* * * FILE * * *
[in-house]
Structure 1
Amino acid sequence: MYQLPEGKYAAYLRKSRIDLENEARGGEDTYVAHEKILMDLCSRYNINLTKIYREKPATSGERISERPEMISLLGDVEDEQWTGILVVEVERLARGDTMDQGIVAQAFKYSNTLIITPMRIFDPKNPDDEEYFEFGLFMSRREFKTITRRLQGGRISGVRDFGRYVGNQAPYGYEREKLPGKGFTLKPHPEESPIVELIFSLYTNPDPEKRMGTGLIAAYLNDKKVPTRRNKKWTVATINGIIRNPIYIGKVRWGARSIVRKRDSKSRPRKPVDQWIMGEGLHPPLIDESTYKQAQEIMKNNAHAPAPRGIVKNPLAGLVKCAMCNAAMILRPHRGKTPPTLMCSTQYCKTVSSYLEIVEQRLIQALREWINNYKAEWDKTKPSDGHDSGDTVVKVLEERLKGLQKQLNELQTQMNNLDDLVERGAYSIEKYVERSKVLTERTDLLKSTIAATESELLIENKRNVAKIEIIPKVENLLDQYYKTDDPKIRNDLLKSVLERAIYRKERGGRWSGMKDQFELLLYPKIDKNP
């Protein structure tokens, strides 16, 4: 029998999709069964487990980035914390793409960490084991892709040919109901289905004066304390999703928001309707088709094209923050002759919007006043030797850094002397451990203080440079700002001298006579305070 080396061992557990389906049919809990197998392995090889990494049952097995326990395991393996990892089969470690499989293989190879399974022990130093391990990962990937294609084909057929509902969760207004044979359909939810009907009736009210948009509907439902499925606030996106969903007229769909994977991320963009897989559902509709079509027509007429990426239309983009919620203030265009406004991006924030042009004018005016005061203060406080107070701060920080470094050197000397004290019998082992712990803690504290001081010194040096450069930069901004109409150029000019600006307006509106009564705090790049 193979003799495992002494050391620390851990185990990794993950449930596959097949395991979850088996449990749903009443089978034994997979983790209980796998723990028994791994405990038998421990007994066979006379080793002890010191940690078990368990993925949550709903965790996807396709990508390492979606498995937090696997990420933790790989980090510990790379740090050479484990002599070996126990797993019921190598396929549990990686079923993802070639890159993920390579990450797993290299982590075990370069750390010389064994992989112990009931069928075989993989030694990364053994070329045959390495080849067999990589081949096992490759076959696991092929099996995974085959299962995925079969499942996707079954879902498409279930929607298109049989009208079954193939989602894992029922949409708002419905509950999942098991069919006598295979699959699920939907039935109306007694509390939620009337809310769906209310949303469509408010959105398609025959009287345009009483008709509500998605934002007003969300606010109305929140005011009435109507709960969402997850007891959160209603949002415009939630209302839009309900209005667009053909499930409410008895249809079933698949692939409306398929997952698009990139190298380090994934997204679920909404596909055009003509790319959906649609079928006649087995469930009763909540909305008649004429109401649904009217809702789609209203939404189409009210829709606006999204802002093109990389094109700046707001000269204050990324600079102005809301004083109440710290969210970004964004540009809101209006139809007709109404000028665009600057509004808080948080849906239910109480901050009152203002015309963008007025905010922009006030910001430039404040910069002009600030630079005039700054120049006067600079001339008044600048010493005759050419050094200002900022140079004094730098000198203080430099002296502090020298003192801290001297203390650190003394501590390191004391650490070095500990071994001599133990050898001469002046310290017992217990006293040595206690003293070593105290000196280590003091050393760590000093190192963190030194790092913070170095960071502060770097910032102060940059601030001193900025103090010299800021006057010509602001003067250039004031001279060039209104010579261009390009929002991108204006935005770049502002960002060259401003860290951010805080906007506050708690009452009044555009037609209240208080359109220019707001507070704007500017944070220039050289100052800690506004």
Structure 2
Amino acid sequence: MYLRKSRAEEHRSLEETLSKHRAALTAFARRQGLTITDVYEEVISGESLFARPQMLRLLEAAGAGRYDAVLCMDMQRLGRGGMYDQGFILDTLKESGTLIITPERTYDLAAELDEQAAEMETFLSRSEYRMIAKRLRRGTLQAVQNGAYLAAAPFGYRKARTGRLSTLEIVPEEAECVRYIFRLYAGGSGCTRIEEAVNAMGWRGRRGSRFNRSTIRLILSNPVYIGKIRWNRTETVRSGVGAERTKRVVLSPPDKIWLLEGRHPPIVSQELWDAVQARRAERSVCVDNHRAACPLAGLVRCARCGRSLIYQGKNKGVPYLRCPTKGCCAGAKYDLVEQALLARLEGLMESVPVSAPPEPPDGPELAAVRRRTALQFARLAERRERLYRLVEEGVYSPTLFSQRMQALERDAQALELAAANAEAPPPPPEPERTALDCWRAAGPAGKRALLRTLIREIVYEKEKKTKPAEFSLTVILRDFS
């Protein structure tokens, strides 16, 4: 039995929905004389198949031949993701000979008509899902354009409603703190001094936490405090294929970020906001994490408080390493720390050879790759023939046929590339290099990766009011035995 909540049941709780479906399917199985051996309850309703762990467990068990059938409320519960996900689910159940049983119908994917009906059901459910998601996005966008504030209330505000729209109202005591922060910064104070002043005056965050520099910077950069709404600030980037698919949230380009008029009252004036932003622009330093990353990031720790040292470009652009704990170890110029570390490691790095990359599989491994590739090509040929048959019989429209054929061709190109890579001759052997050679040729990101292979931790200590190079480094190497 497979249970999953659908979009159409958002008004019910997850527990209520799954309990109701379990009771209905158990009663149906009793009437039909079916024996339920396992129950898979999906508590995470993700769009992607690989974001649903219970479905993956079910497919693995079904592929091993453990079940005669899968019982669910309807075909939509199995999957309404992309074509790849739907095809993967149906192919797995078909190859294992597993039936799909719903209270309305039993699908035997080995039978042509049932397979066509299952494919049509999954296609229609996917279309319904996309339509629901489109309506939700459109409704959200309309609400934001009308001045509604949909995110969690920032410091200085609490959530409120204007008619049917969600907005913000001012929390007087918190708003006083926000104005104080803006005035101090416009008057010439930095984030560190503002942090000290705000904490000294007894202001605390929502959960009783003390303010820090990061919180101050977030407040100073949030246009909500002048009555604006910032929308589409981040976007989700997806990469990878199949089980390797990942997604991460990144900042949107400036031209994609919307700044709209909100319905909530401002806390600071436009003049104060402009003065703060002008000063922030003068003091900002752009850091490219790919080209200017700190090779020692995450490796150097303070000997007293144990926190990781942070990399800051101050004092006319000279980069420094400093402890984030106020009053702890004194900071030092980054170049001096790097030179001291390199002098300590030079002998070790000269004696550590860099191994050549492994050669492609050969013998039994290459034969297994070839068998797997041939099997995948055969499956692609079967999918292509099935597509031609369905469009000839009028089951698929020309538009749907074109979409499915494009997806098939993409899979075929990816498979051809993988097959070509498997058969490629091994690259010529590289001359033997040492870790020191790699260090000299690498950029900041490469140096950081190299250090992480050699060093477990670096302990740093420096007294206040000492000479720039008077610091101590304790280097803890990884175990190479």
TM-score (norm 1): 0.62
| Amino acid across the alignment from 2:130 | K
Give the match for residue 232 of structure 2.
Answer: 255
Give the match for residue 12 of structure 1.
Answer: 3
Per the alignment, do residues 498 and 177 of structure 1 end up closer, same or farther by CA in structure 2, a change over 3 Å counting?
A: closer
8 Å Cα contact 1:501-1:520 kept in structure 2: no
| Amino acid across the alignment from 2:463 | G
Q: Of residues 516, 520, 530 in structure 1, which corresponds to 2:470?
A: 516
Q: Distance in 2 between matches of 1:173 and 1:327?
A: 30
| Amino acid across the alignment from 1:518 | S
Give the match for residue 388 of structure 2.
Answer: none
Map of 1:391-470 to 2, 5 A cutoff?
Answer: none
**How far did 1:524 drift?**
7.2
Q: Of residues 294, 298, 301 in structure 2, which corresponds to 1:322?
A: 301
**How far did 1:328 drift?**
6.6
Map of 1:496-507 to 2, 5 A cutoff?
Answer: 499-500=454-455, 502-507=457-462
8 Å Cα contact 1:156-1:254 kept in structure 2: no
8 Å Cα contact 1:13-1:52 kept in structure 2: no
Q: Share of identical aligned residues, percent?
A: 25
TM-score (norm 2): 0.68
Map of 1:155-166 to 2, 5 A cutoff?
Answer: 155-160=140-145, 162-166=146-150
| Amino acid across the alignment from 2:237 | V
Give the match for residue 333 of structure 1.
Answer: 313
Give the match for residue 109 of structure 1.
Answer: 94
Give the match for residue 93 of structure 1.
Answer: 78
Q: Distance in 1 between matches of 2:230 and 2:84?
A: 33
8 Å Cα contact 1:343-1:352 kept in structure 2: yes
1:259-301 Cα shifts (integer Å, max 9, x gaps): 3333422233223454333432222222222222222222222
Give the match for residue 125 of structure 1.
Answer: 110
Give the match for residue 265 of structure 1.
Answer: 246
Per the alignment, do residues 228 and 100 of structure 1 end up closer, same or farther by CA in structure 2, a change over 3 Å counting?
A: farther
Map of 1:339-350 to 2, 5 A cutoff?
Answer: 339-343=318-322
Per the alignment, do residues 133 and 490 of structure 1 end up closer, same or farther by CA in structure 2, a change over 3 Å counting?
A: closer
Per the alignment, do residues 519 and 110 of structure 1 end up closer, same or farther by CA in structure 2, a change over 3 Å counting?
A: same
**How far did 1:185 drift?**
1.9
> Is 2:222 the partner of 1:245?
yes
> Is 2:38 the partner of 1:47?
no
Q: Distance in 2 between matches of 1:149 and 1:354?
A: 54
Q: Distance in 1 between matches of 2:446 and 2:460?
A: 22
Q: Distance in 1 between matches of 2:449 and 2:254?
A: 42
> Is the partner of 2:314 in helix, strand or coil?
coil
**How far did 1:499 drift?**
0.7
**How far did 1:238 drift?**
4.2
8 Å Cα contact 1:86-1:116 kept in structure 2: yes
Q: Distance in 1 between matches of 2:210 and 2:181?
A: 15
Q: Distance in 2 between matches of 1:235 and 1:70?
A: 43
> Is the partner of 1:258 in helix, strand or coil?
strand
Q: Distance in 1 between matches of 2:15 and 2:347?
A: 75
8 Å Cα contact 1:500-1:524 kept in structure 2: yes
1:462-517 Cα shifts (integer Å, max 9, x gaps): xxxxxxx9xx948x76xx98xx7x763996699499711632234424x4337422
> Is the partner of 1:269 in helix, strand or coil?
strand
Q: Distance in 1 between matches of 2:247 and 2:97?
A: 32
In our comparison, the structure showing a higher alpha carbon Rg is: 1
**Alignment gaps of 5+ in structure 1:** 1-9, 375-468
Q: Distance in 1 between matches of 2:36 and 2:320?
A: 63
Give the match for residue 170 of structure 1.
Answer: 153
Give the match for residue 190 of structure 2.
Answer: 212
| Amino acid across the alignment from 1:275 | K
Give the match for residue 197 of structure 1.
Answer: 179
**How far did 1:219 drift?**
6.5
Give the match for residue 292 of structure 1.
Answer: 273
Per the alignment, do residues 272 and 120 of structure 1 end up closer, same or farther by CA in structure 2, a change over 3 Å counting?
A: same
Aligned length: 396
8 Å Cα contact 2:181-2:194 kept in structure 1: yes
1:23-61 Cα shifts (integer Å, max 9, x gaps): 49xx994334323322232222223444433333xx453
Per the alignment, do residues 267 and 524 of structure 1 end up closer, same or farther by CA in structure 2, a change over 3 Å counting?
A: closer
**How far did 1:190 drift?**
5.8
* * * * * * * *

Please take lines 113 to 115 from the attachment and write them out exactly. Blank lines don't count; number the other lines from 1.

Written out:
Per the alignment, do residues 272 and 120 of structure 1 end up closer, same or farther by CA in structure 2, a change over 3 Å counting?
A: same
Aligned length: 396